For years now Rally has been performing a large ongoing experiment on the Agile world. As a side effect of providing one of the better known tools they’ve managed to see a lot of data accumulate about what makes an effective Agile team. In a report called “The Impact of Agile Quantified” they’ve sanitized the data and then run some statistical analysis on it.
Here’s what they saw:
I was surprised to find that stable teams are less frequent among the Rally customers than my own. Rally noticed that 1 in 4 people changed every 3 months. Experience at my regular clients suggests that it should be less than that. No matter what the frequency, we have to appreciate that every change is expensive; both in terms of the knowledge lost and the consequent slowdown while team members renegotiate their relationships. It’s hard to build the high performance teams that we all seek when we have frequently changing membership.
As with any set of measures, I think the value isn’t so much in the number as the signal regarding what to look at in our teams. In addition, I suspect some high performing teams will probably be doing things that don’t show up well in the larger dataset. For instance, I’ve seen many high performing teams with less WIP than the number of team members. Instead they swarm all work, etc.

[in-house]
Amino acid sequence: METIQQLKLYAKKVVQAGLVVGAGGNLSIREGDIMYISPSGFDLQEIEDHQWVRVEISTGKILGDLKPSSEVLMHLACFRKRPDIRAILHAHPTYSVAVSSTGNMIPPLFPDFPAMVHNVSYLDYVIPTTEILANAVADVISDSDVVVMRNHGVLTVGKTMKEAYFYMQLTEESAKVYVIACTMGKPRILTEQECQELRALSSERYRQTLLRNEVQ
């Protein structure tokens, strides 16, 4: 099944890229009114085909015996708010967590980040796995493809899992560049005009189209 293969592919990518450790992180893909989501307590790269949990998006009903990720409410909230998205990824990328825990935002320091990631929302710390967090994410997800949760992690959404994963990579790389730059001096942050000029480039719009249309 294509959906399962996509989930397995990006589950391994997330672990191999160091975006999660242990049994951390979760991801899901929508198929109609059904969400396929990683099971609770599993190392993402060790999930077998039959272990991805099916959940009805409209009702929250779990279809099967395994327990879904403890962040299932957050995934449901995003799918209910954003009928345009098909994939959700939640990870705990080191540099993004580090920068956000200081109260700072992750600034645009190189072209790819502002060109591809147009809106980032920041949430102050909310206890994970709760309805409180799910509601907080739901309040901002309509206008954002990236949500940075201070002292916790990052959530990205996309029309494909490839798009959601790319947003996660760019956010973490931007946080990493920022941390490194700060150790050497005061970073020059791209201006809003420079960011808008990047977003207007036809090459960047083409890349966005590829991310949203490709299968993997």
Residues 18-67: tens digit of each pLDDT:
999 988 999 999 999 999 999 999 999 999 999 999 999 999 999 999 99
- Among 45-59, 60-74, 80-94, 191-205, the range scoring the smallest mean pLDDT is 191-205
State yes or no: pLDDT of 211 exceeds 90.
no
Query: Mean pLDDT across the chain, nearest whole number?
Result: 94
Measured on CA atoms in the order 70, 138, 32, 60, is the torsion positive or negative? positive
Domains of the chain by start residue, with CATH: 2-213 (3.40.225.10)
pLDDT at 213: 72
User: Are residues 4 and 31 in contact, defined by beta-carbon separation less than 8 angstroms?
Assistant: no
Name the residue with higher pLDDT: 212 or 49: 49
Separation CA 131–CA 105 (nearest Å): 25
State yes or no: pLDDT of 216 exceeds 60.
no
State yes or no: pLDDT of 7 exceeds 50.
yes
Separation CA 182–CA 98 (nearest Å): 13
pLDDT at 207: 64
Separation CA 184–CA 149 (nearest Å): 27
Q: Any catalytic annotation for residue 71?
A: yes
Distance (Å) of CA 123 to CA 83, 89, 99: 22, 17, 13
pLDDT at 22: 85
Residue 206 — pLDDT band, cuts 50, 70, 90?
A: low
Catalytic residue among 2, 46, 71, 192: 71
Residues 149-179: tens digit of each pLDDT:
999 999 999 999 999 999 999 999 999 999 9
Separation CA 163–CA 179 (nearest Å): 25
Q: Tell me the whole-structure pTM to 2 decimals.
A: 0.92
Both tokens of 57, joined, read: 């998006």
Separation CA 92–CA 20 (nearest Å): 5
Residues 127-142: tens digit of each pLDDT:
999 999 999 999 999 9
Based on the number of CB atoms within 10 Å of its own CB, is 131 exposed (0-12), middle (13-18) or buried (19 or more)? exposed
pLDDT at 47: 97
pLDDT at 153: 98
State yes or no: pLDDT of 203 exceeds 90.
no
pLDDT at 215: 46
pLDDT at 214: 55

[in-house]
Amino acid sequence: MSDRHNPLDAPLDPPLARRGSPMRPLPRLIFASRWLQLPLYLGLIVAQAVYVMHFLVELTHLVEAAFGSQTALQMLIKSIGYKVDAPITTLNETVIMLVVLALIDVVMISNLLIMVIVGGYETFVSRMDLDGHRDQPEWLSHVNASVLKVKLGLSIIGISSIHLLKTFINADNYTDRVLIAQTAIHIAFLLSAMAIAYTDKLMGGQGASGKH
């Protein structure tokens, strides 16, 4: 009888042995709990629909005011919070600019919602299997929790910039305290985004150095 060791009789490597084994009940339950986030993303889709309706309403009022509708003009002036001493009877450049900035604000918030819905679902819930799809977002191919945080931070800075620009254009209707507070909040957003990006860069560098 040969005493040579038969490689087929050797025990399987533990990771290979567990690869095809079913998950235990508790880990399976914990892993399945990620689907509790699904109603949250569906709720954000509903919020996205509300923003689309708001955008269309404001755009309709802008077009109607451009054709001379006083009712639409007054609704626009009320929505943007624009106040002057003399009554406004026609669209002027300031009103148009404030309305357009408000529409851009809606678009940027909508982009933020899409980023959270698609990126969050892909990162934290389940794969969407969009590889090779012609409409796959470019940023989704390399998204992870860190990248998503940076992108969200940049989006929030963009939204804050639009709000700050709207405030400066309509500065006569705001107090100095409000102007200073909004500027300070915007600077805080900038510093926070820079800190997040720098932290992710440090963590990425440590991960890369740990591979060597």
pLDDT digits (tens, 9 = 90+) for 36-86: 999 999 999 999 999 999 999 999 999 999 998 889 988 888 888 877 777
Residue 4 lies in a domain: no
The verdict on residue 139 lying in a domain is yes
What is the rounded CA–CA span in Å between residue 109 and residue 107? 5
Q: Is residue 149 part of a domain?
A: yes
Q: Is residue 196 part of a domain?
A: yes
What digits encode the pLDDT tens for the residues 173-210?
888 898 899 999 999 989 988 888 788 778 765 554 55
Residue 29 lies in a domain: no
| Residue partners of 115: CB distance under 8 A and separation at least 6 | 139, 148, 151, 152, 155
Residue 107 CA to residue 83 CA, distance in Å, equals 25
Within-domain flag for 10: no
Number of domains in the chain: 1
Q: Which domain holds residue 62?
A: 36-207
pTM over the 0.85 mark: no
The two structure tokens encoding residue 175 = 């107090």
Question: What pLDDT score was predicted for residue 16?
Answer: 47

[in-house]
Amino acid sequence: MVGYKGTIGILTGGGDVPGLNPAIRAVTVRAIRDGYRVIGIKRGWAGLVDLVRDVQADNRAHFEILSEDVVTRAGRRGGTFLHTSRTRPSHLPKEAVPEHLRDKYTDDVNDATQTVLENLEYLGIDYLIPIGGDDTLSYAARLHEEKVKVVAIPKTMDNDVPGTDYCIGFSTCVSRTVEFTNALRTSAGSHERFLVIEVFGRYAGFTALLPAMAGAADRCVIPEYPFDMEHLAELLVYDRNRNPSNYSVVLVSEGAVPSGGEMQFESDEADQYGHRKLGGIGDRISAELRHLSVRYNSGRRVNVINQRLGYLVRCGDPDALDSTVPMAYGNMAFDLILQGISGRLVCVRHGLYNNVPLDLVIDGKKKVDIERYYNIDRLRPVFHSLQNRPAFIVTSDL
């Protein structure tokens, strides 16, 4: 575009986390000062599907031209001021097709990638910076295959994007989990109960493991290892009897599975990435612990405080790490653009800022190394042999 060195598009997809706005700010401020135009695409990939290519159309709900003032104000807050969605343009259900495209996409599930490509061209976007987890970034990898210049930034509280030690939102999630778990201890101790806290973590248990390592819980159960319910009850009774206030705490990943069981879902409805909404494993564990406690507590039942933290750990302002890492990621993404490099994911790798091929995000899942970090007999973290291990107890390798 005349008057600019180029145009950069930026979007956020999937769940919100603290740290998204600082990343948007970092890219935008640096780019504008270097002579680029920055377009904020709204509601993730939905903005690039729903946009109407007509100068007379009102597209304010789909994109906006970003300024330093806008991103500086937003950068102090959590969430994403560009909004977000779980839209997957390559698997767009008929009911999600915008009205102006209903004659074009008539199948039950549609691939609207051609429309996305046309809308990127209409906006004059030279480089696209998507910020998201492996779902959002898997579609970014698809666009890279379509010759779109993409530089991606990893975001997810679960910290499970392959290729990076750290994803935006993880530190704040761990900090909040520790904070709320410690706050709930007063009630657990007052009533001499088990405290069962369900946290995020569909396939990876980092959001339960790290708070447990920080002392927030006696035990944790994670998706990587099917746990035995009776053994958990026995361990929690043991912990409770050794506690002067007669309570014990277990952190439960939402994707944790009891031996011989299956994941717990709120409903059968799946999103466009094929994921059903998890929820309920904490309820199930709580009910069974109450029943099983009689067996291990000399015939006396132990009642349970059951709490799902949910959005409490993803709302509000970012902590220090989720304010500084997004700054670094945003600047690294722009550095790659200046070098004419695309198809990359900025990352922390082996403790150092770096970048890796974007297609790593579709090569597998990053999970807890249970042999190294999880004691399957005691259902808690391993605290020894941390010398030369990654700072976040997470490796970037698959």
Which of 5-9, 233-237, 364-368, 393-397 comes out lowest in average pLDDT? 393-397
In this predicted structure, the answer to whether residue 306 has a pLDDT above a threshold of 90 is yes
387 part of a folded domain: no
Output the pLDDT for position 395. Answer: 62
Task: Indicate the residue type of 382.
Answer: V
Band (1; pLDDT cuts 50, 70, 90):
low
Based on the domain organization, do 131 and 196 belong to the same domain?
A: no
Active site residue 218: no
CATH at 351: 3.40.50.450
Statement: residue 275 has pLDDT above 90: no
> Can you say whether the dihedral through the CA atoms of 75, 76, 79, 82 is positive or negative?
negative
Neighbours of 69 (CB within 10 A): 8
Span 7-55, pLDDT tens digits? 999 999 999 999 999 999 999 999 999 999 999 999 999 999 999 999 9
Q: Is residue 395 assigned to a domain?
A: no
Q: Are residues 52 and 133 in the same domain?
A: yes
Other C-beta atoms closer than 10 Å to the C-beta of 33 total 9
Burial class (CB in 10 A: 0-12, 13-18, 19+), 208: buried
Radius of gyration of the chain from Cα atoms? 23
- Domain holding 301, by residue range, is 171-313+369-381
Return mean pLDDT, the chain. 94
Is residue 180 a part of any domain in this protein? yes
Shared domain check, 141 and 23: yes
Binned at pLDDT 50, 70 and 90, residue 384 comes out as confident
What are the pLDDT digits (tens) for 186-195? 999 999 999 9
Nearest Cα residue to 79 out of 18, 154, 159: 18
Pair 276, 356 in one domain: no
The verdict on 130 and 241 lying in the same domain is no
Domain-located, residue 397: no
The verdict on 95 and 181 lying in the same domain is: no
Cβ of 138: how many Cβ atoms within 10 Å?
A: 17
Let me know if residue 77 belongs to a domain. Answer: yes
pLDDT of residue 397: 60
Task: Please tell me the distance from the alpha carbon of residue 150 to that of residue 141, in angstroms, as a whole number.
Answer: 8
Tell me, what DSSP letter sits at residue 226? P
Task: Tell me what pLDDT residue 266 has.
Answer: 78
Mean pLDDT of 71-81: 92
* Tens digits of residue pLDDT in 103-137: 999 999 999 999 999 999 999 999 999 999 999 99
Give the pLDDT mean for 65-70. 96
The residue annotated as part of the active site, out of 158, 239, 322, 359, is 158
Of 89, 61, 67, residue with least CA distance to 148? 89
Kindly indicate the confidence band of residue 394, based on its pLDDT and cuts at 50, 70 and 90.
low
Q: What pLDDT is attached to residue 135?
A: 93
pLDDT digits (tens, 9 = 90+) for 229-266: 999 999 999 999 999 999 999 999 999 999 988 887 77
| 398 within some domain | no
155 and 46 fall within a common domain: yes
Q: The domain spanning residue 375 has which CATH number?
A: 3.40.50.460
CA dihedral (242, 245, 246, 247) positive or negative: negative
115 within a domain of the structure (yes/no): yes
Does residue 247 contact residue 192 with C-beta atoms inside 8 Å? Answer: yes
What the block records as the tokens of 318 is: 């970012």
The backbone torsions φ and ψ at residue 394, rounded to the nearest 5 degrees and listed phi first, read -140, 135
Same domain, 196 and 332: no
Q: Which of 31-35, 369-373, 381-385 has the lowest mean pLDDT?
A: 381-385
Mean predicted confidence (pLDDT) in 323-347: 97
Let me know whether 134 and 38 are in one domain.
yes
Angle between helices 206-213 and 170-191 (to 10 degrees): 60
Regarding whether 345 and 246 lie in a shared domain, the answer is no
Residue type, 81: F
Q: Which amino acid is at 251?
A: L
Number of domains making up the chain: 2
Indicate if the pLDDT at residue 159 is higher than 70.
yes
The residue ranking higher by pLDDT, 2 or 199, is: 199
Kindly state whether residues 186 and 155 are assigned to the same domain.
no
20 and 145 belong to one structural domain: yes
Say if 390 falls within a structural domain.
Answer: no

The report from Rally is well worth reading, although it’s sixteen pages long. (You will have to give away your email address).
To my friends at Rally, there are many interesting questions to be asked here. If we look only at stable teams – what do we learn about team size? If we look only at mature teams (>1 yr old and stable) – do any of our discoveries around team size and estimation change? What about time to fix defects vs. productivity or quality? What about time to fix defects vs. team size? Story size vs. productivity vs. defects? Distributed teams’ productivity? What about the highest performing teams – what where they doing…? Have you considered releasing your dataset to the rest of the world so we can help you mine it? Two reasons: more eyes will spot more ideas and the Agile ideas have always been developed and evolved in an open fashion. Perhaps you could release with the rule that anything someone else discovers from it has to be shared openly.
Hat tip to Dave Nicolette who first pointed this paper out to me
 In the paper this is referred to “Full Scrum” – which is odd since Scrum doesn’t require Estimation at all.